The Guardian September 12, 2001


Security firm callously opposes safety award

by Peter Mac 

The Australian security industry is notoriously insecure. Some four years 
ago a special report on the industry was severely critical of the lack of 
adequate safety standards in the industry, and in particular in regard to 
the "soft skin" guards, i.e. those who do not use armoured vehicles.

Several months ago a security guard was murdered outside a Melbourne 
abortion clinic. Three months ago an armoured car guard was bashed and 
robbed at an ex-servicemen's club in the Sydney suburb of Punchbowl. Last 
week at the same site security guard Ahmad Rashid died after being dragged 
from his car and shot twice in the chest just after he picked up the club's 
takings.

Thirty-two year-old Rashid, who arrived in Australia only two years ago, 
had been doing the job for 12 months. He was intent on providing for his 
family in Pakistan, and regularly forwarded money to them.

His employer was contracted to the security firm Chubbs, which, despite the 
shocking record of attacks on security employees, has consistently and 
vehemently opposed the introduction of an industrial award for minimum 
safety standards for guards in NSW.

Chubbs has offered a $100,000 reward for information leading to the arrest 
of Rashid's killer, but is apparently not willing to contribute to making 
the industry safer.

State Secretary of the Transport Workers' Union, Tony Sheldon, singled 
Chubbs out for particular criticism, noting that "Chubbs' downgrading of 
security arrangements have resulted in a downgrading of the industry".

After the attack, the Transport Worker's Union appealed to the Industrial 
Relations Commission (IRC) to create a special award for safety standards.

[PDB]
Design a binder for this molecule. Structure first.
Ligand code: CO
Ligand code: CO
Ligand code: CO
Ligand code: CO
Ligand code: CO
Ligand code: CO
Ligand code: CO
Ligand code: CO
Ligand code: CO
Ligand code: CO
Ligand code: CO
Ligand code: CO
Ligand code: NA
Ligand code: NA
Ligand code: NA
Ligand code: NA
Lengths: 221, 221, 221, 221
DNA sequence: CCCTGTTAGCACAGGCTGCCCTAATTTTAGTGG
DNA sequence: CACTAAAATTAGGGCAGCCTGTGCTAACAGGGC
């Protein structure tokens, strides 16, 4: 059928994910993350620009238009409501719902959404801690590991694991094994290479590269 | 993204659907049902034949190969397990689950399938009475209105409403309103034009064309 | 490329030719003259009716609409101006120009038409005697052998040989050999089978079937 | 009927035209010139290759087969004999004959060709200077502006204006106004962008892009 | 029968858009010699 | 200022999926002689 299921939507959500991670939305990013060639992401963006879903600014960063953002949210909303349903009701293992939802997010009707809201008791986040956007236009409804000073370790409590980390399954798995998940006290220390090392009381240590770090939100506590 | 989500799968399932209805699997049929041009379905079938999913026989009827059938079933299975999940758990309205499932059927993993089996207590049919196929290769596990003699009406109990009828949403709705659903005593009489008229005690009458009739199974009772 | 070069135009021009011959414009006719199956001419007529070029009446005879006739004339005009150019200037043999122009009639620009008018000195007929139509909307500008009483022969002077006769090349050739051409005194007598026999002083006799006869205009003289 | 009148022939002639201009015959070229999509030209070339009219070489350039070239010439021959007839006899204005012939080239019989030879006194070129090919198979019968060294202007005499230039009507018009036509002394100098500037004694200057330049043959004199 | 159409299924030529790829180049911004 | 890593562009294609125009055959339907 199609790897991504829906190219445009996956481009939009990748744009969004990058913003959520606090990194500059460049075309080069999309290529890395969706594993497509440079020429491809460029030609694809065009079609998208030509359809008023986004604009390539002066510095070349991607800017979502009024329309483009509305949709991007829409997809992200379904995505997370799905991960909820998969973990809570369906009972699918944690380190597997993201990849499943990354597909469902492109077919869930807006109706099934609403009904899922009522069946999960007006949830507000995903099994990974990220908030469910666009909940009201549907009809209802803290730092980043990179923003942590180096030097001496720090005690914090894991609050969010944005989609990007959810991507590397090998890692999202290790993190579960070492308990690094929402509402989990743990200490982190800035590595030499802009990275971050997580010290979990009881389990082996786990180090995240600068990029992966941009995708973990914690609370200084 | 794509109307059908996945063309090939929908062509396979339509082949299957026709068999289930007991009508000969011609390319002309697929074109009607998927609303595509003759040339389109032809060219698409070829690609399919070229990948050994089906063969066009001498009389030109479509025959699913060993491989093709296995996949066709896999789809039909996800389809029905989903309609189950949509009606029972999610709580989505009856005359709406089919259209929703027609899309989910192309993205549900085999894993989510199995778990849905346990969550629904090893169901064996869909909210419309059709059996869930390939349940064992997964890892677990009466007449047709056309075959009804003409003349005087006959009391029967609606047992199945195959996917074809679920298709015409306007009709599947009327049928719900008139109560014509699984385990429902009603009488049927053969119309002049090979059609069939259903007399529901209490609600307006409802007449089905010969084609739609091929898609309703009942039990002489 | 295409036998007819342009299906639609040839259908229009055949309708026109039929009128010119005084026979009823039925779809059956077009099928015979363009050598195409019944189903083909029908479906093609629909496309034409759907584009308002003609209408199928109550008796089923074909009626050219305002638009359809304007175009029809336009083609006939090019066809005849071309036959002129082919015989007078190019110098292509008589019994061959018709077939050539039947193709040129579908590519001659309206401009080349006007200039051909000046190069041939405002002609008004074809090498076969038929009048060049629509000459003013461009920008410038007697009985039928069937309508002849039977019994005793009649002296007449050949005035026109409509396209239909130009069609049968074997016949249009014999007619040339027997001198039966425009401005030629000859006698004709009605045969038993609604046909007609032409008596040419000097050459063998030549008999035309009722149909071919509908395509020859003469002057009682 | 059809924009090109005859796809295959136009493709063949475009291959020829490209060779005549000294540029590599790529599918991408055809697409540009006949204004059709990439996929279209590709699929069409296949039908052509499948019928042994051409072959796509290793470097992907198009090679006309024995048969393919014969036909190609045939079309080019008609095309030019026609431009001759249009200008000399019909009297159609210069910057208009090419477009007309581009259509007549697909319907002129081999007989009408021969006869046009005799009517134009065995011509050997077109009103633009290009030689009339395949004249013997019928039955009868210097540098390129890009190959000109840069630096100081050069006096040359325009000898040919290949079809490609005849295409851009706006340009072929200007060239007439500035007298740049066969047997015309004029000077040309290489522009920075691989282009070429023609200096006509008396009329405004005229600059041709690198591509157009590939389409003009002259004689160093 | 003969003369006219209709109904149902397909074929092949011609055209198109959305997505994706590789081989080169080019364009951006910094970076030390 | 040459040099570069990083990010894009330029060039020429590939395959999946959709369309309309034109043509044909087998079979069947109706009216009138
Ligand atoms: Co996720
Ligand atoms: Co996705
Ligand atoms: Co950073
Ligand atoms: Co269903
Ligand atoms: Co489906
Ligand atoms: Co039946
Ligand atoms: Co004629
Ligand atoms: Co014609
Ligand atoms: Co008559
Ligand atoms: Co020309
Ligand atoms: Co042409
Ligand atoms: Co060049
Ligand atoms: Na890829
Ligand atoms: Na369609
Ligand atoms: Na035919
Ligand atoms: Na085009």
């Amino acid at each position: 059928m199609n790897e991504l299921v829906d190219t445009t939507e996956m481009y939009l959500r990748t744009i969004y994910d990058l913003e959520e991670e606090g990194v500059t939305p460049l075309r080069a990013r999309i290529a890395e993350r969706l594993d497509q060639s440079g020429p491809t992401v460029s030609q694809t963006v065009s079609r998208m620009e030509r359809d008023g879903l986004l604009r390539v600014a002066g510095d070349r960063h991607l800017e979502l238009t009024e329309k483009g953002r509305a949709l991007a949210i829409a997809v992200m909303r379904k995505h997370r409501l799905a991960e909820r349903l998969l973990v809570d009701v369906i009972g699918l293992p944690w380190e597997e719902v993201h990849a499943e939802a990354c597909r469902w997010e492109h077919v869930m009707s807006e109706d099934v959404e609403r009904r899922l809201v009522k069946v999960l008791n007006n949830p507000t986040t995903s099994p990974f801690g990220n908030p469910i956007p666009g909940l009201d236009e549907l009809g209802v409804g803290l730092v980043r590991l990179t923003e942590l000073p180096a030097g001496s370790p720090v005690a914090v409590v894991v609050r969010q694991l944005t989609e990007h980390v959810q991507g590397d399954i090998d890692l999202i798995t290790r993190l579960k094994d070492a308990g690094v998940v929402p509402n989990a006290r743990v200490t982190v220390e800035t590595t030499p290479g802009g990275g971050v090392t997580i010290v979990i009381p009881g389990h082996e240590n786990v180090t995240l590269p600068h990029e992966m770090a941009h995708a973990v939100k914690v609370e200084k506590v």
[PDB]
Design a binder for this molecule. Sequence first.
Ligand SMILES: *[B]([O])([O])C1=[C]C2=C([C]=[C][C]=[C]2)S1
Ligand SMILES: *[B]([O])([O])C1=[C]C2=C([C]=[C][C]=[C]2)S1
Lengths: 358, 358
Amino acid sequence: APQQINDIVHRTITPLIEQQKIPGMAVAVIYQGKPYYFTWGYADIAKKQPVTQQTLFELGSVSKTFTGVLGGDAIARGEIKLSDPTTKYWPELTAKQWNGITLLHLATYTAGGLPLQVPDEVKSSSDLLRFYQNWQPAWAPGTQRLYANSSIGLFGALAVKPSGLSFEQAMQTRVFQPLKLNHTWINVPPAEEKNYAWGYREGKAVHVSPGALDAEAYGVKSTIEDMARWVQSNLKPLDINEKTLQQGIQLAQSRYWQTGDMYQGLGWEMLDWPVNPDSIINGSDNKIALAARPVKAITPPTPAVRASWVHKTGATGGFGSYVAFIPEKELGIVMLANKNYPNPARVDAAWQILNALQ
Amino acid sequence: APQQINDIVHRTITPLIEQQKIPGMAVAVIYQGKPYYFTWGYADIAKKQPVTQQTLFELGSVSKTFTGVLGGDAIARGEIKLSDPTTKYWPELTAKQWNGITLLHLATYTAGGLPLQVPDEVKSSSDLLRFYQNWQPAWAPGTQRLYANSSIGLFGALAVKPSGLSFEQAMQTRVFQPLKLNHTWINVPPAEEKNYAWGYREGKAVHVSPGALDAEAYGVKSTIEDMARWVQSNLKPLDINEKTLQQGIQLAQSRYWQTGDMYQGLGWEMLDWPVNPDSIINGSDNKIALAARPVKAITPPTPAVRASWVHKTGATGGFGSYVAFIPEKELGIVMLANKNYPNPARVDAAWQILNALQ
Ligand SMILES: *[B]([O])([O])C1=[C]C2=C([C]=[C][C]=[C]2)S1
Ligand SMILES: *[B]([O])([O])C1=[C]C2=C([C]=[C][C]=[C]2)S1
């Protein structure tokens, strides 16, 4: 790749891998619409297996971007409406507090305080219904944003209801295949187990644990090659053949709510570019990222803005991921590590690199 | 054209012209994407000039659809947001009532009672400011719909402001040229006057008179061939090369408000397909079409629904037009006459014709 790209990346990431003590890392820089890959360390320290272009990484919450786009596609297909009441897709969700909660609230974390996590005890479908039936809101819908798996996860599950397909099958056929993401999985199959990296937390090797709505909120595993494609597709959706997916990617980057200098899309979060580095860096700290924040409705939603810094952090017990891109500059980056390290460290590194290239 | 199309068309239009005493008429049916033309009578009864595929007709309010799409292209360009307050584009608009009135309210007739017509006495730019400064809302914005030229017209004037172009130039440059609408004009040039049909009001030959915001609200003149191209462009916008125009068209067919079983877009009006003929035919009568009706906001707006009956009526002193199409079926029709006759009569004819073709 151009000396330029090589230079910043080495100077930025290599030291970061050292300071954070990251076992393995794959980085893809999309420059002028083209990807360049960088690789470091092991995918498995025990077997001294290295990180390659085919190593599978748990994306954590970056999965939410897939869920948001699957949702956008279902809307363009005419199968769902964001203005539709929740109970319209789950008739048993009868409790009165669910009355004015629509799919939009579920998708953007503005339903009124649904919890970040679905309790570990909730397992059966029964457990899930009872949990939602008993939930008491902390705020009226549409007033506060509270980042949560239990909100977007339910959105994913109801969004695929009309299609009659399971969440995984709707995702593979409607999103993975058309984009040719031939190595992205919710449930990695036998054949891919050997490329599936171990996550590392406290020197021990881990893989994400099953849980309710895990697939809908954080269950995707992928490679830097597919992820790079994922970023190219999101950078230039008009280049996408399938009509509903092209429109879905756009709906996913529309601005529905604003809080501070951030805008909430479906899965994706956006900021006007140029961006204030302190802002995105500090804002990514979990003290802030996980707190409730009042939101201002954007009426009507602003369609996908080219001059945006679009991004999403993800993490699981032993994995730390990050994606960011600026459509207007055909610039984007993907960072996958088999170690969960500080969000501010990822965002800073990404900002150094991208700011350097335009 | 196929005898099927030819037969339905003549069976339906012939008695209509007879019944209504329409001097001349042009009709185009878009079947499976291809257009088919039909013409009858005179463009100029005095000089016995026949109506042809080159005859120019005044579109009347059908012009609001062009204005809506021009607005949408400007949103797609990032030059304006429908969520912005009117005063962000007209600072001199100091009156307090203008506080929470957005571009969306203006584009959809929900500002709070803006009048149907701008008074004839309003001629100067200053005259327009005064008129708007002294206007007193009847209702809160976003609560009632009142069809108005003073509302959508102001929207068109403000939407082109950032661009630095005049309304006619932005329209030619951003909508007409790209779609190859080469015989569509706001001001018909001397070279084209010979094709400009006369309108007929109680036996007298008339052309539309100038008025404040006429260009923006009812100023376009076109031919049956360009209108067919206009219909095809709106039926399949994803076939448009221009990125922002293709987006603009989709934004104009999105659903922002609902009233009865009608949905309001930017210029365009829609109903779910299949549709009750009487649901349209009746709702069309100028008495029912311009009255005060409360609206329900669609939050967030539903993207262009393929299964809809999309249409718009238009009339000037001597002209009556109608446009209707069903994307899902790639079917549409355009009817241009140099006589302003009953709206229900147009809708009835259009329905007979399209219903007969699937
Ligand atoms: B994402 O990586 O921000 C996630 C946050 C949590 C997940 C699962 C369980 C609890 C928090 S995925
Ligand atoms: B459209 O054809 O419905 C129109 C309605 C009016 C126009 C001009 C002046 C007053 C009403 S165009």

The IRC application, which is believed to be the first to deal solely with 
safety issues, was open to negotiated agreement between the parties 
concerned or could be determined by order of the Commission.

Chubbs, true to form, was not interested in reaching an agreement, and 
opposed the application on the grounds that the safety of guards other than 
those in armoured vehicles was already covered by occupational health and 
safety regulations.

They were the only firm to oppose the hearing. In rejecting Chubbs' 
application, Commissioner Justice Francis Marks commented: "I don't 
understand why Chubbs, of all the employers, chooses to challenge the 
tribunal in establishing some sensible, appropriate and practical regime in 
which persons can carry out their work in what everyone must concede is a 
dangerous environment."

Justice Marks then proceeded to answer his own implicit question, noting 
that the new interim award he intended to introduce would "be based on 
services rather than price, because everyone will be subject to the same 
conditions  they can compete, but not on the basis of price-cutting".

Justice Marks is expected to make a determination this week. He has already 
warned Chubbs to be ready for a compulsory safety award, and union 
representatives are confident of some dramatic improvements in the 
industry.

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